Ask anyone what they associate San Francisco with and usually the answer is the Golden Gate Bridge. The lesser mentioned attraction is the humble cable car yet it is an intrinsic part of the history of San Francisco to the present day. If you think carefully, you would not be able to name a film that had been set in San Francisco that didn’t have mention of the cable car!
While on your holidays in San Francisco ask yourself - How did the cable car come to exist? Story has it that it’s inventor, Andrew Smith Hallidie saw a gruesome accident where the steepness of the roads, wet cobblestones and a heavily weighted vehicle could roll backwards and literally drag the horses to their death.
While there is no room for a full lesson on how the cable cars work, the basis lies that there are powerful electric motors that drive wheels that pull cables through a trench in the street below, centred under the cable tracks. Each car then has a mechanical grip that will latch itself onto the rope where the grips man can take or drop the rope depending on whether he has a need to start or stop the car operated by a grip man. Running along the lines, they do come to an end where they are turned around on a giant turntable; the public could help with this manoeuvre until the 1970’s came and the health and safety act!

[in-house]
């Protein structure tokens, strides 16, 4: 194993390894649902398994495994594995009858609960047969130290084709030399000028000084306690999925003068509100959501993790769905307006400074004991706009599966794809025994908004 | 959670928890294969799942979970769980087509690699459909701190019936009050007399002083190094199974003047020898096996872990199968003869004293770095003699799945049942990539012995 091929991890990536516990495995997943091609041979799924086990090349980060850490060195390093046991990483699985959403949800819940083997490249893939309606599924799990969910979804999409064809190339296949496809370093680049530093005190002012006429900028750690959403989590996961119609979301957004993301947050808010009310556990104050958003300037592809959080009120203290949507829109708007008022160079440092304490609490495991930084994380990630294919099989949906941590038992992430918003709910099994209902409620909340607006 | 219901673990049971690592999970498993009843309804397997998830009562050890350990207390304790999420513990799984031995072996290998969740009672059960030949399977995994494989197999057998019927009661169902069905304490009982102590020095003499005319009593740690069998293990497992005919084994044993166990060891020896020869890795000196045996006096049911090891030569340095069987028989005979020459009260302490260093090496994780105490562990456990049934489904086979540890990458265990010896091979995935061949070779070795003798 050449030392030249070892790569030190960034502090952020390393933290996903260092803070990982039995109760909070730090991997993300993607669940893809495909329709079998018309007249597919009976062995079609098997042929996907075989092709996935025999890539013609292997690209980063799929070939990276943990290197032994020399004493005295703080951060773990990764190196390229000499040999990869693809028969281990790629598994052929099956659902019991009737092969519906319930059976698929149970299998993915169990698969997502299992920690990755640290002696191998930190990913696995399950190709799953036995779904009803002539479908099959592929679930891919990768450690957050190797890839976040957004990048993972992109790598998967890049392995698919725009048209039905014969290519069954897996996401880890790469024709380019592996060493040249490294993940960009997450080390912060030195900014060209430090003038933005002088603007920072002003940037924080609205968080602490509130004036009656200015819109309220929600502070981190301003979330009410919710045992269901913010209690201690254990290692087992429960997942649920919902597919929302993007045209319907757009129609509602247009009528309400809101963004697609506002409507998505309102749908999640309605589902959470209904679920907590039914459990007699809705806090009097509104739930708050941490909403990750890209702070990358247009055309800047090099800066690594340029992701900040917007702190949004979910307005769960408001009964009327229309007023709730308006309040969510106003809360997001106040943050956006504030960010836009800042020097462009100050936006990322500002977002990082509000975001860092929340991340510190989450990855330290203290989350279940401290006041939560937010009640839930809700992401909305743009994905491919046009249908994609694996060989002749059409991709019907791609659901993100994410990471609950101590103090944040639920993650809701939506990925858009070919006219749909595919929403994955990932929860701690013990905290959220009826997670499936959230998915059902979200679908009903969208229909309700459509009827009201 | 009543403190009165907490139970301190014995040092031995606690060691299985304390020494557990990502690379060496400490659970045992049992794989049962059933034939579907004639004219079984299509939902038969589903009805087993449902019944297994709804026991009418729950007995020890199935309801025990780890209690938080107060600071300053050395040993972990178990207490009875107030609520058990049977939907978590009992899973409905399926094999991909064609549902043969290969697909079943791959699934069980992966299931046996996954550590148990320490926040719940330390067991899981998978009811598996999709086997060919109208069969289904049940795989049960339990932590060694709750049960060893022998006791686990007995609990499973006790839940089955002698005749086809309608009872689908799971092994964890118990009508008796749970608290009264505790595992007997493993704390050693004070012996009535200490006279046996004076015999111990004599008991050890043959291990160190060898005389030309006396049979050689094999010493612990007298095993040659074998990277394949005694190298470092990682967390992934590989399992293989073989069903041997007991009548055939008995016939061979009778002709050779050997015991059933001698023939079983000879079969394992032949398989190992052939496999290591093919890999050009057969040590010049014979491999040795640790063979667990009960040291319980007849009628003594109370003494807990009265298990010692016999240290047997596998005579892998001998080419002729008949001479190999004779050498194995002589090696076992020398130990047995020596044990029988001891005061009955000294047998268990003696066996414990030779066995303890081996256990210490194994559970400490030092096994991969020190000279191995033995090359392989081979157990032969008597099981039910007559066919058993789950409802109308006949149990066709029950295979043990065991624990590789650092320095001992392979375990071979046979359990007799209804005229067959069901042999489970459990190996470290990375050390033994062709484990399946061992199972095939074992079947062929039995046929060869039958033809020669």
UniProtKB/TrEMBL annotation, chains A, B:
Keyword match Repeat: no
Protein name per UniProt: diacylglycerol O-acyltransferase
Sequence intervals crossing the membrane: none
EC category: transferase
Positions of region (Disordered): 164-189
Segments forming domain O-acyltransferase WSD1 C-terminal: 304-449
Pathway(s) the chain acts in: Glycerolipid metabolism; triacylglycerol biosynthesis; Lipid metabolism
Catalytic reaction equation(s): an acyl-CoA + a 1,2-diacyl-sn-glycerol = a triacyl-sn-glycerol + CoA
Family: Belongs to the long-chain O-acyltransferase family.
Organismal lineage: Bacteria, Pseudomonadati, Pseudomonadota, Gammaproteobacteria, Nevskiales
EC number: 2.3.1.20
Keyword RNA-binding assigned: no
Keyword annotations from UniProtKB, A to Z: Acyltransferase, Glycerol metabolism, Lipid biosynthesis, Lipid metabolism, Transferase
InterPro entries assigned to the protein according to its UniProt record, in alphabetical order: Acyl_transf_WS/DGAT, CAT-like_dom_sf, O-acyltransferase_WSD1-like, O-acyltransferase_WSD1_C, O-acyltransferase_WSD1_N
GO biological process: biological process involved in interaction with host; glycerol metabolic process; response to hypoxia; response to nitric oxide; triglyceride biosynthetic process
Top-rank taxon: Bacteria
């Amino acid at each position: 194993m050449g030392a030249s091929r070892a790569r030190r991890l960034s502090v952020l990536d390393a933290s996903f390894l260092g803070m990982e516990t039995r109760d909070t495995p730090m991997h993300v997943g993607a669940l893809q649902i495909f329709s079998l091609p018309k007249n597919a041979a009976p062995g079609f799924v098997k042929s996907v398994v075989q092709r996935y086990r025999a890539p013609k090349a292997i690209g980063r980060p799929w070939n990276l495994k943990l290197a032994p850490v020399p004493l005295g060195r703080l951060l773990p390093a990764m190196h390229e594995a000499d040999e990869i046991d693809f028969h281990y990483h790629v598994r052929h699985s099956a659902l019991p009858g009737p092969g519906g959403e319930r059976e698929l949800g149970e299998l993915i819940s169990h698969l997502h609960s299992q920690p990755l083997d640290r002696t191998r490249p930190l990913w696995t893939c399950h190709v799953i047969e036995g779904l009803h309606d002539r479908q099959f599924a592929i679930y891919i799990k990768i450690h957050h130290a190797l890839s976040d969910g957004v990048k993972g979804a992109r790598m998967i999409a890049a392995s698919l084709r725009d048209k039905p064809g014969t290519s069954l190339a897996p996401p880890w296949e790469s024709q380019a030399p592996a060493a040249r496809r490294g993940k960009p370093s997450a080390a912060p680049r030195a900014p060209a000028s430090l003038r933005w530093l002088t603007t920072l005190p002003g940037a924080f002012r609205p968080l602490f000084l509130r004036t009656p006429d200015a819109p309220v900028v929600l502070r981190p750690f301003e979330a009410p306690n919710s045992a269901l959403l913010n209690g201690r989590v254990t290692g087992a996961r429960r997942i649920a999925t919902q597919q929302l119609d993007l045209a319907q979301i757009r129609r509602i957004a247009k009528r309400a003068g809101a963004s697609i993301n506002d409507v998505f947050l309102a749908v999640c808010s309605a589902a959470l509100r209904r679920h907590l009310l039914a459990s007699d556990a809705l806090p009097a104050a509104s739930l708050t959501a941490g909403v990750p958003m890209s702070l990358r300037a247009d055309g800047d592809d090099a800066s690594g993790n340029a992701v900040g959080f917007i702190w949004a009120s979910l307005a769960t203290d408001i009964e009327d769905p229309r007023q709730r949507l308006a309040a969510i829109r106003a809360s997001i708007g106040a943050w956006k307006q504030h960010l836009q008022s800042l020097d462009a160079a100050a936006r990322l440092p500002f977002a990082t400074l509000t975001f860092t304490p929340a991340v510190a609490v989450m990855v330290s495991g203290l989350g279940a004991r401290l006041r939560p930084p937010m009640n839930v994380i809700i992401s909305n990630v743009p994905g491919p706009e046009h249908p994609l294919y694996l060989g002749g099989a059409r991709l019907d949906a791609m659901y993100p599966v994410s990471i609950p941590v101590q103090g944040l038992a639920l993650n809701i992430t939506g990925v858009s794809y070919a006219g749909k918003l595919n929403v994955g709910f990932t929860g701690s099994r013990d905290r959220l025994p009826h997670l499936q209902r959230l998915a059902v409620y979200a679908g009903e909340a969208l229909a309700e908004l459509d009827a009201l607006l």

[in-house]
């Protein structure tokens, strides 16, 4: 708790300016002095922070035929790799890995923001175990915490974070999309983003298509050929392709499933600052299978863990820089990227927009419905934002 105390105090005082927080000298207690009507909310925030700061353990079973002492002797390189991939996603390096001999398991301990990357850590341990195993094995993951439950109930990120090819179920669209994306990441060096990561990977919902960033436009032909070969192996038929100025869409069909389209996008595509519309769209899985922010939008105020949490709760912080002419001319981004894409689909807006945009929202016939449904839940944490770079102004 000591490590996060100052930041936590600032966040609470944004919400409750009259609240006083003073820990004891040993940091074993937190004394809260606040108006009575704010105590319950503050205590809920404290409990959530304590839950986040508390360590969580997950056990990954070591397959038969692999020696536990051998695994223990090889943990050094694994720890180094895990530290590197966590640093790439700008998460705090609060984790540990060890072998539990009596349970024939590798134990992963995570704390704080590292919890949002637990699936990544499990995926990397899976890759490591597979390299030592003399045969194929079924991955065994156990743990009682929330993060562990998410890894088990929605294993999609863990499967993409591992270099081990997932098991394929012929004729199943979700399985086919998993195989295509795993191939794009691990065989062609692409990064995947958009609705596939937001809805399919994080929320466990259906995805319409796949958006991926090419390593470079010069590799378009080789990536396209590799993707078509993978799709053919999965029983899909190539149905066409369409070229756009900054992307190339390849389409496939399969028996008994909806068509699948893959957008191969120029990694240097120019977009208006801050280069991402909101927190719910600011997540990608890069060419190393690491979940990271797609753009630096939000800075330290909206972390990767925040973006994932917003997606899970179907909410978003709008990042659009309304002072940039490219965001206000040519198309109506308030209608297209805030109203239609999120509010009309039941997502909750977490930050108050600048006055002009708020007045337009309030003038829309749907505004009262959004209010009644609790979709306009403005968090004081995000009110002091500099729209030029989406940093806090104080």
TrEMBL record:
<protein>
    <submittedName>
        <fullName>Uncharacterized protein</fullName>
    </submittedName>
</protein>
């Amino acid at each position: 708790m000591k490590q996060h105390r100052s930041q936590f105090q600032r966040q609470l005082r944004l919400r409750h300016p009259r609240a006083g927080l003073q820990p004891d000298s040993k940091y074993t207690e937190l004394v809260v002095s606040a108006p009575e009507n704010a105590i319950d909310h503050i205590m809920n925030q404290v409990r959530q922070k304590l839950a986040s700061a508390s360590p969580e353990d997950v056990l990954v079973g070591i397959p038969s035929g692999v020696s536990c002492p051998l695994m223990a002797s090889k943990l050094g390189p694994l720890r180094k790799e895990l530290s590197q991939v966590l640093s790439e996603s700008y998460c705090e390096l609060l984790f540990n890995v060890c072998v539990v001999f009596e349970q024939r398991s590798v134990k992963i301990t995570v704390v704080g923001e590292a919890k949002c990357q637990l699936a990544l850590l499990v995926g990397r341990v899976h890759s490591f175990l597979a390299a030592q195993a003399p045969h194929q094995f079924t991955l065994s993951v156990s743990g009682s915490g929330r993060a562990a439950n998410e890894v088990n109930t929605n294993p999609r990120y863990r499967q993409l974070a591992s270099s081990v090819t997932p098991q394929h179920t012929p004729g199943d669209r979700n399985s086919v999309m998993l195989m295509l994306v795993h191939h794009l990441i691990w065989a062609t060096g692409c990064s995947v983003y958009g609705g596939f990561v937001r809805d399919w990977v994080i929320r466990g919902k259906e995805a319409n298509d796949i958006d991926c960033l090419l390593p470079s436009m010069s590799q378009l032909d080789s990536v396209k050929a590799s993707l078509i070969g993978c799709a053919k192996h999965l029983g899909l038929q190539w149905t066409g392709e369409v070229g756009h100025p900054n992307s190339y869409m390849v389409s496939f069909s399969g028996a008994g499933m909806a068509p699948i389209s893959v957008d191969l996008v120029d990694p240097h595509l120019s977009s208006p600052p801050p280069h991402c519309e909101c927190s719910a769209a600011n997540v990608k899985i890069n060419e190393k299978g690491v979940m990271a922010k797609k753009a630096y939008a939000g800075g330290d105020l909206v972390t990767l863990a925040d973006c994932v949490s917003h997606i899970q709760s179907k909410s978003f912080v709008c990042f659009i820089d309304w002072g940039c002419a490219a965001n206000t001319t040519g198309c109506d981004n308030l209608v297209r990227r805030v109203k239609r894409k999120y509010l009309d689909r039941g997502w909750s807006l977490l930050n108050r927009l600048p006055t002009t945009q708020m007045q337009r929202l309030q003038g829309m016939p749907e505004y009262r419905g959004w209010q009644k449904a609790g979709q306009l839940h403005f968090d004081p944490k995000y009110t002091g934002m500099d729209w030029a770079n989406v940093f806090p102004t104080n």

Driving the trams is a highly skilled and labour intensive job where need for good co-ordination is a must. Because of this intensity, there have only been 2 grip women to this date, namely Fannie Mae Barnes and Willa Johnson. Maybe a reader of this blog will accept the challenge and become the 3rd ?
Interestingly, the famous social activist Maya Angelou once worked on the cable cars herself; she even dropped out of her school at the tender age of 15 to do it. She also set the records as the first African-American to work for the transport company, despite the jibes and taunts of the management as integration was still very much a new way of thinking.
Nearly destroyed totally by the earthquake of 1906, it remains in operation today as the world’s last manually operated cable car system and is in the History Books as an icon of historic places. It is a must for any trip to San Francisco (if anything because the hills are a lot more challenging than they look in the city!).
Fancy knowing a bit more after riding this moving monument? There is a comprehensive cable car museum located in San Francisco where you can learn all about this fascinating transport system.